- How is eye cancer treated?
- Surgery for eye cancer
- Radiation therapy for eye cancer
- Laser therapy for eye cancer
- Chemotherapy for eye cancer
- Targeted drugs and immune therapy for eye cancer
- Clinical trials for eye cancer
- Complementary and alternative therapies for eye cancer
- Treating uveal (eye) melanoma by location and size
- Treating intraocular (eye) lymphoma
- More treatment information
Radiation therapy for eye cancer
Radiation therapy uses high-energy x-rays or other types of radiation to kill cancer cells. It is a common treatment for intraocular melanoma. Radiation therapy can often preserve some vision in the eye, although sometimes this might be lost anyway if the radiation damages other parts of the eye. An advantage over surgery is that the eye structure is preserved, which may result in a better appearance after treatment.
Different types of radiation therapy can be used to treat eye cancers.
Brachytherapy (episcleral plaque therapy)
This form of radiation therapy places small pellets (sometimes called seeds) of radioactive material directly into or very close to the cancer. This has become the most common radiation treatment for most eye melanomas. Studies have shown that in many cases it is as effective as surgery (enucleation).
The pellets of radioactive material (usually radioactive iodine, ruthenium, or palladium) are placed inside a small carrier (shaped like a very small bottle cap), which is sewn on the outside of the eyeball with tiny stitches to keep it in place. The carrier is made of gold or lead to shield nearby tissues from the radiation. The radiation from the pellets travels a very short distance, so most of it will be focused only on the tumor.
An operation is needed to put the plaque (radioactive element and carrier) in place. This surgery usually takes 1 or 2 hours and can be done with local anesthetic (numbing medicine) and sedation. The plaque is usually kept there for 4 to 7 days, depending on the size of the tumor and the strength of the radiation source. You will probably remain in the hospital during this time. Surgery to remove the plaque usually takes less than an hour, and you will probably be able to go home the same day. The full effect of the radiation on the tumor is not seen for 3 to 6 months.
This therapy cures about 9 out of 10 small tumors and can preserve vision in some patients, depending on what part of the eye the melanoma is in. The outlook for vision is not as good if the tumor is located very close to the optic nerve, which carries signals from the eye to the brain.
External beam radiation therapy
In this approach, radiation from a source outside the body is focused on the cancer. This is the type of radiation therapy used to treat eye lymphomas. For melanoma the use of this type of radiation therapy is generally limited to newer methods that focus narrow beams of radiation on the tumor. These techniques have not yet been widely used.
Conformal proton beam radiation therapy: Instead of using x-rays as in standard radiation therapy, this approach focuses proton beams on the cancer. Protons are positive parts of atoms. Unlike x-rays, which release energy both before and after they hit their target, protons cause little damage to tissues they pass through and then release their energy after traveling a certain distance. This means that proton beam radiation may be able to deliver more radiation to the tumor and do less damage to nearby normal tissues.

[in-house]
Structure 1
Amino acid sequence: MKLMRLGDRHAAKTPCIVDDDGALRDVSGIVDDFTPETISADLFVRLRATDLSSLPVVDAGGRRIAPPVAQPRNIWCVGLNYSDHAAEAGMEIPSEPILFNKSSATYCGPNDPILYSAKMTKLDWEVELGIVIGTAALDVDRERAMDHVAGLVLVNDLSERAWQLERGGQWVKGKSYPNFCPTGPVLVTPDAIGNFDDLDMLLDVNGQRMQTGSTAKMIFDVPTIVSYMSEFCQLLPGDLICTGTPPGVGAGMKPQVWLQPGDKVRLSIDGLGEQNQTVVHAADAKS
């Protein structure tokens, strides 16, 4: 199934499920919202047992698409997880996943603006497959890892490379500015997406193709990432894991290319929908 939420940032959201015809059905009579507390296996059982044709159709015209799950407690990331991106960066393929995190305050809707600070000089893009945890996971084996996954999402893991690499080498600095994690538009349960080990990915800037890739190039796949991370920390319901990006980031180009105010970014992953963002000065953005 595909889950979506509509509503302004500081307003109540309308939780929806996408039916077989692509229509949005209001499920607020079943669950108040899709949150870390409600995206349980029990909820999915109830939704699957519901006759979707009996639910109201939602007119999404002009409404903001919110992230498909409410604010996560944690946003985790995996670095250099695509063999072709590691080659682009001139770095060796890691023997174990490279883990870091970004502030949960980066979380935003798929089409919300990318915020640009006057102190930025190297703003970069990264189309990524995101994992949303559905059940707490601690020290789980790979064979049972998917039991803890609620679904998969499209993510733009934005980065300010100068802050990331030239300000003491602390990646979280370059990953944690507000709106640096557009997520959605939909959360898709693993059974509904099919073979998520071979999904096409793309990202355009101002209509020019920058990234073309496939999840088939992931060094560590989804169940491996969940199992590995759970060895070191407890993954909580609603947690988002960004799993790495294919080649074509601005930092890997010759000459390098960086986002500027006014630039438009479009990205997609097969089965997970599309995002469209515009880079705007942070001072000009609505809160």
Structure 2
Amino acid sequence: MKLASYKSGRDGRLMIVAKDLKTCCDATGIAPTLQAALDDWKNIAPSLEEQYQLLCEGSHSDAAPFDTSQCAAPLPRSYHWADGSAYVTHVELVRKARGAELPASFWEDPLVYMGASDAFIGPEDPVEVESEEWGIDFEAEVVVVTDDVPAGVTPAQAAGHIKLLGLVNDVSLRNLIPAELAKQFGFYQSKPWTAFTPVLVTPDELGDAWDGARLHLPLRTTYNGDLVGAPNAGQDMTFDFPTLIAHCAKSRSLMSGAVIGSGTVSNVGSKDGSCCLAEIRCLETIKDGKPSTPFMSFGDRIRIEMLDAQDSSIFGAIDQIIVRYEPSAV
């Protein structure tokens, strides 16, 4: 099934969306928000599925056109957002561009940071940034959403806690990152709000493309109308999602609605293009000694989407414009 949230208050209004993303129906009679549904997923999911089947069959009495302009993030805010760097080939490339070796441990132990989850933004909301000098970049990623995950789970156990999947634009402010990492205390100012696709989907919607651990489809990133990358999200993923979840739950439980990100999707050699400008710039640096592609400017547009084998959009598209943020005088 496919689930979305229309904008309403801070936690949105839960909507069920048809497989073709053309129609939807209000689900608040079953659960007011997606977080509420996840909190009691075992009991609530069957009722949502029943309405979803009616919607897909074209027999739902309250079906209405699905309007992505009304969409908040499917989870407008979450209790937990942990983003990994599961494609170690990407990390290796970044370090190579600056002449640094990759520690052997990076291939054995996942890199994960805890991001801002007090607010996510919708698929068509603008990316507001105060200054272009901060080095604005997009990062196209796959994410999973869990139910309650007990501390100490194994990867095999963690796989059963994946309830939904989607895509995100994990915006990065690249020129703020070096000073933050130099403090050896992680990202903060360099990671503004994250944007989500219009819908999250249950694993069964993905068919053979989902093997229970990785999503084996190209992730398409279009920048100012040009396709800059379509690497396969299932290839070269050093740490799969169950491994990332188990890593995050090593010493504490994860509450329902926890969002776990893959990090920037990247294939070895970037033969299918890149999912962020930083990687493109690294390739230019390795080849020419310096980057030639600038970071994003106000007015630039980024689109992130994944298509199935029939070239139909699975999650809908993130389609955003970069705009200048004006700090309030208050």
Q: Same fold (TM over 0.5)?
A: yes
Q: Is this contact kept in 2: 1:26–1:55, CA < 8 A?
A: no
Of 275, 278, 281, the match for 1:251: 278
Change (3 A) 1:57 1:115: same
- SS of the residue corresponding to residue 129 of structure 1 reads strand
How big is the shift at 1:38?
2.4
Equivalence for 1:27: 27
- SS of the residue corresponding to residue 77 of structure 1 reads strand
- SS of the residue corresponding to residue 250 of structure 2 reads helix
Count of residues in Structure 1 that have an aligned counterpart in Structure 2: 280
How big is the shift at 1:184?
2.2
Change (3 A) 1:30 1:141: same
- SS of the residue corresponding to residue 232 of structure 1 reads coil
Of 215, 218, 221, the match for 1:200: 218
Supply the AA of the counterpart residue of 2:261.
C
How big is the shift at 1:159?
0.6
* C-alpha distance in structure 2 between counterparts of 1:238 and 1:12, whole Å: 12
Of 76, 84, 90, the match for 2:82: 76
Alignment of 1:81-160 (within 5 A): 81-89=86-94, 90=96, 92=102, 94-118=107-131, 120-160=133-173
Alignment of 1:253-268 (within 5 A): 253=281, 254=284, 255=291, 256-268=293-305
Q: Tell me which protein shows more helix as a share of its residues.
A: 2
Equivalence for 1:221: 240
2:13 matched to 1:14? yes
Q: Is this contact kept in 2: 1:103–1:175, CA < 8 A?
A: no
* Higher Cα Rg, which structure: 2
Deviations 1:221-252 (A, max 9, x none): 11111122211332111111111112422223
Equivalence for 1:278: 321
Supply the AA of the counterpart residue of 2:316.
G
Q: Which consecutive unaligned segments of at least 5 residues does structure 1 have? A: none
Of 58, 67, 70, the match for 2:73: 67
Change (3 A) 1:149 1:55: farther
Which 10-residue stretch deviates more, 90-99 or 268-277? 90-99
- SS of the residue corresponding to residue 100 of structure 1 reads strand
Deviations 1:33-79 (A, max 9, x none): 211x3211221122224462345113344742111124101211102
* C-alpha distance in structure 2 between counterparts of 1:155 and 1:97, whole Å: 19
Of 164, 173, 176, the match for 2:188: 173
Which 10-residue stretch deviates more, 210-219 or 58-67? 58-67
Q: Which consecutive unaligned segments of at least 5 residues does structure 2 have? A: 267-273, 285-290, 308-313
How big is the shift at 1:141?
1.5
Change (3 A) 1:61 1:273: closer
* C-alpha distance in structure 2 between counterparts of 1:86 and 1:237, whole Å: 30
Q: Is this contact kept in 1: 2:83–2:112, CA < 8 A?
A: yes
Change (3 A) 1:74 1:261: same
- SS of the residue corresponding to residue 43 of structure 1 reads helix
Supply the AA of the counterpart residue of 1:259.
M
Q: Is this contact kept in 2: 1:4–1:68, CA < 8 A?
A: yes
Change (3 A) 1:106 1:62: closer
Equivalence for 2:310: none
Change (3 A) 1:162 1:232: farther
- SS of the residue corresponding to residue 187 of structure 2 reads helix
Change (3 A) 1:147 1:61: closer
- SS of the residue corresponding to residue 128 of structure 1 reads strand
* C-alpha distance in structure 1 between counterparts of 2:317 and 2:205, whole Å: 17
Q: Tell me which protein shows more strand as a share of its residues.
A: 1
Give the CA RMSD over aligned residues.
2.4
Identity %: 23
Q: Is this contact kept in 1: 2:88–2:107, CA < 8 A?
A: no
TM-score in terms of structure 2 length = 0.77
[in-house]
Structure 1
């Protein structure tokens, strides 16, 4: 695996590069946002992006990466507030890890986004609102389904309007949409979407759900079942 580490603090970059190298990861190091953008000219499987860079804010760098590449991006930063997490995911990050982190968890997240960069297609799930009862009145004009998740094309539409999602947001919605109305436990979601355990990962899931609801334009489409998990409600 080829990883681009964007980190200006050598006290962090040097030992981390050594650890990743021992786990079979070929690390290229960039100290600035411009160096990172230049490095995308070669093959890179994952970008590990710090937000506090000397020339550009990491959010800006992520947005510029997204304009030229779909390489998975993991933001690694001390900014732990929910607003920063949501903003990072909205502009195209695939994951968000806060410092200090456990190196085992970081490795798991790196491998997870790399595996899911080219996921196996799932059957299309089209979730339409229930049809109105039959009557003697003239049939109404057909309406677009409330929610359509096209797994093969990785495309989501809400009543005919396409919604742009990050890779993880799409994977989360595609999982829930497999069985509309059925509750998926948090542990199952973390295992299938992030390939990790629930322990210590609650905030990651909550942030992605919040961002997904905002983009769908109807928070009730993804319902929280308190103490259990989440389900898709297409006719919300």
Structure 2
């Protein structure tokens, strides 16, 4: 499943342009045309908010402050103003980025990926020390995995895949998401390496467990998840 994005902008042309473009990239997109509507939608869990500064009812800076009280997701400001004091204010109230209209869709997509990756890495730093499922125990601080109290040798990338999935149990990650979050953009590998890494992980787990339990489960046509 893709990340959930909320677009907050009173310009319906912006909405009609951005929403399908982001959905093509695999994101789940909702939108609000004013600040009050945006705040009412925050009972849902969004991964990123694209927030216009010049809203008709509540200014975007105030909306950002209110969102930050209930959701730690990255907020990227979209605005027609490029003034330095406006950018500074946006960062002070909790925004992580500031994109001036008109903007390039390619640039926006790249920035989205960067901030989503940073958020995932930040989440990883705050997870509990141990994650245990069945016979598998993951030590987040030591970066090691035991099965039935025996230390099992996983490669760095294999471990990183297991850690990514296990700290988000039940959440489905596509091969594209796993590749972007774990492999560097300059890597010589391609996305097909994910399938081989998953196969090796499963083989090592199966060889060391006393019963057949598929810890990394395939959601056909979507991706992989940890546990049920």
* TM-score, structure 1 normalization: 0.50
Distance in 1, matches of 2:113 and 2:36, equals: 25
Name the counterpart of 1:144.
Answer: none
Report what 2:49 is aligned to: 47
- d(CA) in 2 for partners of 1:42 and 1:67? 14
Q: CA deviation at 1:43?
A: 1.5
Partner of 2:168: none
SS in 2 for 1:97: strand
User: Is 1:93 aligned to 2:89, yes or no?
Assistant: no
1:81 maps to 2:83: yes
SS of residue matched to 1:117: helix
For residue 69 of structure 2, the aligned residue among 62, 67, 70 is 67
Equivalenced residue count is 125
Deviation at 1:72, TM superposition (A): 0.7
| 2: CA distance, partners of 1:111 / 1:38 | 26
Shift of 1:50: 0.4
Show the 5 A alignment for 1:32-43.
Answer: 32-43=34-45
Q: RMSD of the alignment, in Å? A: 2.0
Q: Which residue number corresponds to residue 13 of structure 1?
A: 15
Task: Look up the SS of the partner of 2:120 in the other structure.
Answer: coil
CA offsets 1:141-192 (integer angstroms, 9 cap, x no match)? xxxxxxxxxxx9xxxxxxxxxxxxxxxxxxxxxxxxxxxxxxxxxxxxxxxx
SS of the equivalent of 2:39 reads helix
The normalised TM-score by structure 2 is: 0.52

Getting treatment is much like getting an x-ray, but the dose of radiation is much higher. In most cases, the total dose of radiation is divided into daily fractions (usually given Monday thru Friday) over several weeks. The treatment is not painful.
The machines needed to make protons are expensive, and there are only a handful of them in use in the United States at this time.
Stereotactic radiosurgery: This is a type of radiation treatment that delivers a large, precise radiation dose to the tumor area in a single session. (There is no actual surgery involved in this treatment.) The radiation may be delivered in one of two ways.
In one approach, radiation beams are focused at the tumor from hundreds of different angles for a short period of time. The machine used to deliver this type of radiation is known as a Gamma Knife.
A similar approach uses a movable linear accelerator (a machine that creates radiation) that is controlled by a computer. Instead of delivering many beams at once, this machine moves around the head to deliver radiation to the tumor from many different angles. Several machines do stereotactic radiosurgery in this way, with names such as X-Knife, CyberKnife, and Clinac.
Possible side effects of radiation therapy
The main concern with radiation therapy is damage to parts of the eye, leading to problems such as cataracts, retinal detachment, glaucoma, or bleeding into the eye. These can result in partial or complete loss of vision or other problems, which may not happen right away. The risk depends on the size and location of the tumor.
Because the radiation is focused only on the eye, it is not likely to affect vision in the other eye or to cause other side effects sometimes linked with radiation therapy, such as hair loss or nausea.
For lymphomas, radiation therapy is sometimes directed at the brain and spinal cord. This can sometimes cause side effects such as problems with thinking, learning, and memory, which might get worse over time.
To learn more about radiation therapy, see the “Radiation Therapy” section of our website, or our document Understanding Radiation Therapy: A Guide for Patients and Families.
Last Medical Review: 09/13/2013
Last Revised: 09/13/2013